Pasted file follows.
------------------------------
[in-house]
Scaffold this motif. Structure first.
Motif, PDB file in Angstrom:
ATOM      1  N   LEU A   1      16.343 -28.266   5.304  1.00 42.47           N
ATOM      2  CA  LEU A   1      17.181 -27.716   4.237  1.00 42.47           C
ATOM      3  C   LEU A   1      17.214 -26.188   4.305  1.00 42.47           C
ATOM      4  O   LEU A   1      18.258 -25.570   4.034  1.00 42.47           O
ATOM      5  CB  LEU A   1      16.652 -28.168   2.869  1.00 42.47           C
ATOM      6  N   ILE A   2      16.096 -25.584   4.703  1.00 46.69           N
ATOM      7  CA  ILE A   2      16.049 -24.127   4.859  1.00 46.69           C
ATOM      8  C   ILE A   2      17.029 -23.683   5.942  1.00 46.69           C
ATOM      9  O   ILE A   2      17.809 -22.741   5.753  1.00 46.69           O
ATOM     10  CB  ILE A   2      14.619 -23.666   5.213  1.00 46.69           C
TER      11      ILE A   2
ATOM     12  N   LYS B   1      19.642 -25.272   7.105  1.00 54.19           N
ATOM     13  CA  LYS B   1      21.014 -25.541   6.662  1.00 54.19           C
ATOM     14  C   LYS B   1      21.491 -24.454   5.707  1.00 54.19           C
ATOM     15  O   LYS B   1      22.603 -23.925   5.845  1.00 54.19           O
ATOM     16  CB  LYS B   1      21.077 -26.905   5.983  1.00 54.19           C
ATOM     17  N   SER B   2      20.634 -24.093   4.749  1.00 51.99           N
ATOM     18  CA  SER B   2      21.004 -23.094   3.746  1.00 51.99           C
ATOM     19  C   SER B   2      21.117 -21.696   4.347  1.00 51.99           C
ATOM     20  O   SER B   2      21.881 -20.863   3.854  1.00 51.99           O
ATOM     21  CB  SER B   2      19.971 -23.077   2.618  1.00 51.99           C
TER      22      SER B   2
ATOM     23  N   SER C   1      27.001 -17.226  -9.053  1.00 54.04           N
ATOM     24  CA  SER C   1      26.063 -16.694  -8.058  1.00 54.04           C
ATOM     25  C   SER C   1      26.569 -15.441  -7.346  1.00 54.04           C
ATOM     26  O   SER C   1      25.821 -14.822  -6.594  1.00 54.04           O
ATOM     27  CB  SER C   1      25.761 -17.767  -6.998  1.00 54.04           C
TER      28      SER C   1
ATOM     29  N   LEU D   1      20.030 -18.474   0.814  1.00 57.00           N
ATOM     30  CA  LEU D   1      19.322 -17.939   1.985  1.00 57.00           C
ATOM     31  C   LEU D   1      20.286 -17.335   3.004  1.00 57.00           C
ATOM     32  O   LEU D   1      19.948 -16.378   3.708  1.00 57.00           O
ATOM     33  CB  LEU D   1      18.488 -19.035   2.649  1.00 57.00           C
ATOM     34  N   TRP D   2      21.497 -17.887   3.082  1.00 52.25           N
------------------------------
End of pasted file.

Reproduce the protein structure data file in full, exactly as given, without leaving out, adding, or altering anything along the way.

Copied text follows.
[in-house]
Scaffold this motif. Structure first.
Motif, PDB file in Angstrom:
ATOM      1  N   LEU A   1      16.343 -28.266   5.304  1.00 42.47           N
ATOM      2  CA  LEU A   1      17.181 -27.716   4.237  1.00 42.47           C
ATOM      3  C   LEU A   1      17.214 -26.188   4.305  1.00 42.47           C
ATOM      4  O   LEU A   1      18.258 -25.570   4.034  1.00 42.47           O
ATOM      5  CB  LEU A   1      16.652 -28.168   2.869  1.00 42.47           C
ATOM      6  N   ILE A   2      16.096 -25.584   4.703  1.00 46.69           N
ATOM      7  CA  ILE A   2      16.049 -24.127   4.859  1.00 46.69           C
ATOM      8  C   ILE A   2      17.029 -23.683   5.942  1.00 46.69           C
ATOM      9  O   ILE A   2      17.809 -22.741   5.753  1.00 46.69           O
ATOM     10  CB  ILE A   2      14.619 -23.666   5.213  1.00 46.69           C
TER      11      ILE A   2
ATOM     12  N   LYS B   1      19.642 -25.272   7.105  1.00 54.19           N
ATOM     13  CA  LYS B   1      21.014 -25.541   6.662  1.00 54.19           C
ATOM     14  C   LYS B   1      21.491 -24.454   5.707  1.00 54.19           C
ATOM     15  O   LYS B   1      22.603 -23.925   5.845  1.00 54.19           O
ATOM     16  CB  LYS B   1      21.077 -26.905   5.983  1.00 54.19           C
ATOM     17  N   SER B   2      20.634 -24.093   4.749  1.00 51.99           N
ATOM     18  CA  SER B   2      21.004 -23.094   3.746  1.00 51.99           C
ATOM     19  C   SER B   2      21.117 -21.696   4.347  1.00 51.99           C
ATOM     20  O   SER B   2      21.881 -20.863   3.854  1.00 51.99           O
ATOM     21  CB  SER B   2      19.971 -23.077   2.618  1.00 51.99           C
TER      22      SER B   2
ATOM     23  N   SER C   1      27.001 -17.226  -9.053  1.00 54.04           N
ATOM     24  CA  SER C   1      26.063 -16.694  -8.058  1.00 54.04           C
ATOM     25  C   SER C   1      26.569 -15.441  -7.346  1.00 54.04           C
ATOM     26  O   SER C   1      25.821 -14.822  -6.594  1.00 54.04           O
ATOM     27  CB  SER C   1      25.761 -17.767  -6.998  1.00 54.04           C
TER      28      SER C   1
ATOM     29  N   LEU D   1      20.030 -18.474   0.814  1.00 57.00           N
ATOM     30  CA  LEU D   1      19.322 -17.939   1.985  1.00 57.00           C
ATOM     31  C   LEU D   1      20.286 -17.335   3.004  1.00 57.00           C
ATOM     32  O   LEU D   1      19.948 -16.378   3.708  1.00 57.00           O
ATOM     33  CB  LEU D   1      18.488 -19.035   2.649  1.00 57.00           C
ATOM     34  N   TRP D   2      21.497 -17.887   3.082  1.00 52.25           N